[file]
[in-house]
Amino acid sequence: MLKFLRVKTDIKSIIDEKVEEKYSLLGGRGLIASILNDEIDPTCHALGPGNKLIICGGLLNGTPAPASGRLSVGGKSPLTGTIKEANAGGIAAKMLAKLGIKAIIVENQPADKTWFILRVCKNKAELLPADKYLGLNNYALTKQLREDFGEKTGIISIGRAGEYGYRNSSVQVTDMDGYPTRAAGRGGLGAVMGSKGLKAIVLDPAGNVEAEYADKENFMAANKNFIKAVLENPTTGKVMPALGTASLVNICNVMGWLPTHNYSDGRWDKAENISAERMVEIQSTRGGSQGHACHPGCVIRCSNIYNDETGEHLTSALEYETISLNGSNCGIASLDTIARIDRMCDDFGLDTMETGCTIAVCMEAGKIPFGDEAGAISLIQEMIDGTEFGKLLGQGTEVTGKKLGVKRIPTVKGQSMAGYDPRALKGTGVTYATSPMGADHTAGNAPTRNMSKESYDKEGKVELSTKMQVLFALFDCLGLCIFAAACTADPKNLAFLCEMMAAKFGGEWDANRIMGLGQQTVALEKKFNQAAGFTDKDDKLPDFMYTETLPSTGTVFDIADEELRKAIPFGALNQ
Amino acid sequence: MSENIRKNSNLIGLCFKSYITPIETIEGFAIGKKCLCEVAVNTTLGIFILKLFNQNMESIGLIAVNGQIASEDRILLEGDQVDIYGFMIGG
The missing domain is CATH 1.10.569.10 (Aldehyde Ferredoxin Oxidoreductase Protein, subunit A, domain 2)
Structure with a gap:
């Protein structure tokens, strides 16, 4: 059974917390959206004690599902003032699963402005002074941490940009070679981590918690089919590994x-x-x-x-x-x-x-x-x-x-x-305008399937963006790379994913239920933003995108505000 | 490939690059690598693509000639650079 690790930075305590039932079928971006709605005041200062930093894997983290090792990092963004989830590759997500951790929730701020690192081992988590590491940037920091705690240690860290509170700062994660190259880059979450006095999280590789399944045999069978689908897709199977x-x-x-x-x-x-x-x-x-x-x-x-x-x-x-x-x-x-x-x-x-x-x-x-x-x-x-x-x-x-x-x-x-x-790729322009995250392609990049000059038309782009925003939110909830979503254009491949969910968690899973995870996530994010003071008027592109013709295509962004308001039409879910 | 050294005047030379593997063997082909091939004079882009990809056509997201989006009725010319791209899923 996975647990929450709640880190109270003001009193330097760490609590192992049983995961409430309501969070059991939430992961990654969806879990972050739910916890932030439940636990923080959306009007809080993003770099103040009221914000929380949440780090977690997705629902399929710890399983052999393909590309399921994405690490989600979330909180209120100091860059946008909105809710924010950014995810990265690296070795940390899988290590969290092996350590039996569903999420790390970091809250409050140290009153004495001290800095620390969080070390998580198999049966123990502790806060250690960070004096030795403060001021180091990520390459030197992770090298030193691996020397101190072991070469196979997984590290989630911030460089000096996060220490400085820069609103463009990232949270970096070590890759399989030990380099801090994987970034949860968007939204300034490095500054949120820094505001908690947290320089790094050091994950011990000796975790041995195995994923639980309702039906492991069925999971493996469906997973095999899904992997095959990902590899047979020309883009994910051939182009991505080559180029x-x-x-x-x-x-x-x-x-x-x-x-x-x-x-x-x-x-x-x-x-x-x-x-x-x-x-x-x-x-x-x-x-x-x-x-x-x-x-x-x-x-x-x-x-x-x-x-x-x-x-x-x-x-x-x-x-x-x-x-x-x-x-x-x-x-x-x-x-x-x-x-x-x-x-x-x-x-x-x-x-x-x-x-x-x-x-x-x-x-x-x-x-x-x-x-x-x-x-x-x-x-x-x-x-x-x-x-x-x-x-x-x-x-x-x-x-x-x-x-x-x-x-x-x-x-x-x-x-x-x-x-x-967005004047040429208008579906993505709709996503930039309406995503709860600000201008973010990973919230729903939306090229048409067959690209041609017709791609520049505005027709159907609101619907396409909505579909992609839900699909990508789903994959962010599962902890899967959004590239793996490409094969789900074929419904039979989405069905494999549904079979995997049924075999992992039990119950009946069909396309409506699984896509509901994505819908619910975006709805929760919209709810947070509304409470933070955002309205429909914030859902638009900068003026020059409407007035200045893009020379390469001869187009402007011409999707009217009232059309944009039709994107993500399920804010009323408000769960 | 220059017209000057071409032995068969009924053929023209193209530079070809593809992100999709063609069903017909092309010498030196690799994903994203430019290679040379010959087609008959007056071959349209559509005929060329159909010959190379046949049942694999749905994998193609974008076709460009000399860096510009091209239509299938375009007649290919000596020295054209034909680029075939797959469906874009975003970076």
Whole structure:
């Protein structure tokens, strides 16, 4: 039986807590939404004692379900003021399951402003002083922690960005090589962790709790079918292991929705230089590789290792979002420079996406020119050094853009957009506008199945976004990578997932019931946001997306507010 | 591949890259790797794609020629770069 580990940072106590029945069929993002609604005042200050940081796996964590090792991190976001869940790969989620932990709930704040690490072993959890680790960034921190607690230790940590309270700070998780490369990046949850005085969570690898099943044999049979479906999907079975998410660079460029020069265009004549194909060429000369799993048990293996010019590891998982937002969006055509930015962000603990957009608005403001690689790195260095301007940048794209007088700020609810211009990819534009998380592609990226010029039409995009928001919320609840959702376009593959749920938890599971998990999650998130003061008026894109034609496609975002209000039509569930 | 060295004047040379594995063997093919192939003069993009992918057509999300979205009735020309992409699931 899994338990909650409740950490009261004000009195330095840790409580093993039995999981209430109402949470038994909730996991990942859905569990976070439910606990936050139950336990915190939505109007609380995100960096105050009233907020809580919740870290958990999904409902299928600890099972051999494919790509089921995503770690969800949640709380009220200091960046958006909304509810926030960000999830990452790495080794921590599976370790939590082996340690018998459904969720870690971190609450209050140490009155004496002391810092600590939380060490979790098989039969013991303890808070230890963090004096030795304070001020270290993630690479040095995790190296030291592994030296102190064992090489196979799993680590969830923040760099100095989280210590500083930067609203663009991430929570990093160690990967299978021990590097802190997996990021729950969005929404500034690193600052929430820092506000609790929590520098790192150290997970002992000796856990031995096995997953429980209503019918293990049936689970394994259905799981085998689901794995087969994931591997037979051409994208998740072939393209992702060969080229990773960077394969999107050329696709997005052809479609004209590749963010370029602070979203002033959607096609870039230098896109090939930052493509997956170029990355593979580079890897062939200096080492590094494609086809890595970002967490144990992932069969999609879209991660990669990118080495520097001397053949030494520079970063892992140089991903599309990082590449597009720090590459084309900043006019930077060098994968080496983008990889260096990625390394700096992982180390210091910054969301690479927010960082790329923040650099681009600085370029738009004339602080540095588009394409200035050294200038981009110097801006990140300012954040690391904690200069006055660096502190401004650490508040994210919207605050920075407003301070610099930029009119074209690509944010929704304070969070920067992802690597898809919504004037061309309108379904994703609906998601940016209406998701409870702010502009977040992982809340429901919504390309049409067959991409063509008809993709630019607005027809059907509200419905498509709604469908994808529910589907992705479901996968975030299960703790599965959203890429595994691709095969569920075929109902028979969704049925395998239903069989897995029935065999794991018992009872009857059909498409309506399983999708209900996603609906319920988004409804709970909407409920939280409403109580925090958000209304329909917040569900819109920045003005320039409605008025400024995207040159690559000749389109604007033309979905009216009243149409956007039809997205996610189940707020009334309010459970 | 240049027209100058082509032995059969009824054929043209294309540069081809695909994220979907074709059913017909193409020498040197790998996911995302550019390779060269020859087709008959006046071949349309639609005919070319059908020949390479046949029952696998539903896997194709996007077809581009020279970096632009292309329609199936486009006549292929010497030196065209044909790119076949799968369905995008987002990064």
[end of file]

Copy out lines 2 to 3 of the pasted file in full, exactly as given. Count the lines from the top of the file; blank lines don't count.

Amino acid sequence: MLKFLRVKTDIKSIIDEKVEEKYSLLGGRGLIASILNDEIDPTCHALGPGNKLIICGGLLNGTPAPASGRLSVGGKSPLTGTIKEANAGGIAAKMLAKLGIKAIIVENQPADKTWFILRVCKNKAELLPADKYLGLNNYALTKQLREDFGEKTGIISIGRAGEYGYRNSSVQVTDMDGYPTRAAGRGGLGAVMGSKGLKAIVLDPAGNVEAEYADKENFMAANKNFIKAVLENPTTGKVMPALGTASLVNICNVMGWLPTHNYSDGRWDKAENISAERMVEIQSTRGGSQGHACHPGCVIRCSNIYNDETGEHLTSALEYETISLNGSNCGIASLDTIARIDRMCDDFGLDTMETGCTIAVCMEAGKIPFGDEAGAISLIQEMIDGTEFGKLLGQGTEVTGKKLGVKRIPTVKGQSMAGYDPRALKGTGVTYATSPMGADHTAGNAPTRNMSKESYDKEGKVELSTKMQVLFALFDCLGLCIFAAACTADPKNLAFLCEMMAAKFGGEWDANRIMGLGQQTVALEKKFNQAAGFTDKDDKLPDFMYTETLPSTGTVFDIADEELRKAIPFGALNQ
Amino acid sequence: MSENIRKNSNLIGLCFKSYITPIETIEGFAIGKKCLCEVAVNTTLGIFILKLFNQNMESIGLIAVNGQIASEDRILLEGDQVDIYGFMIGG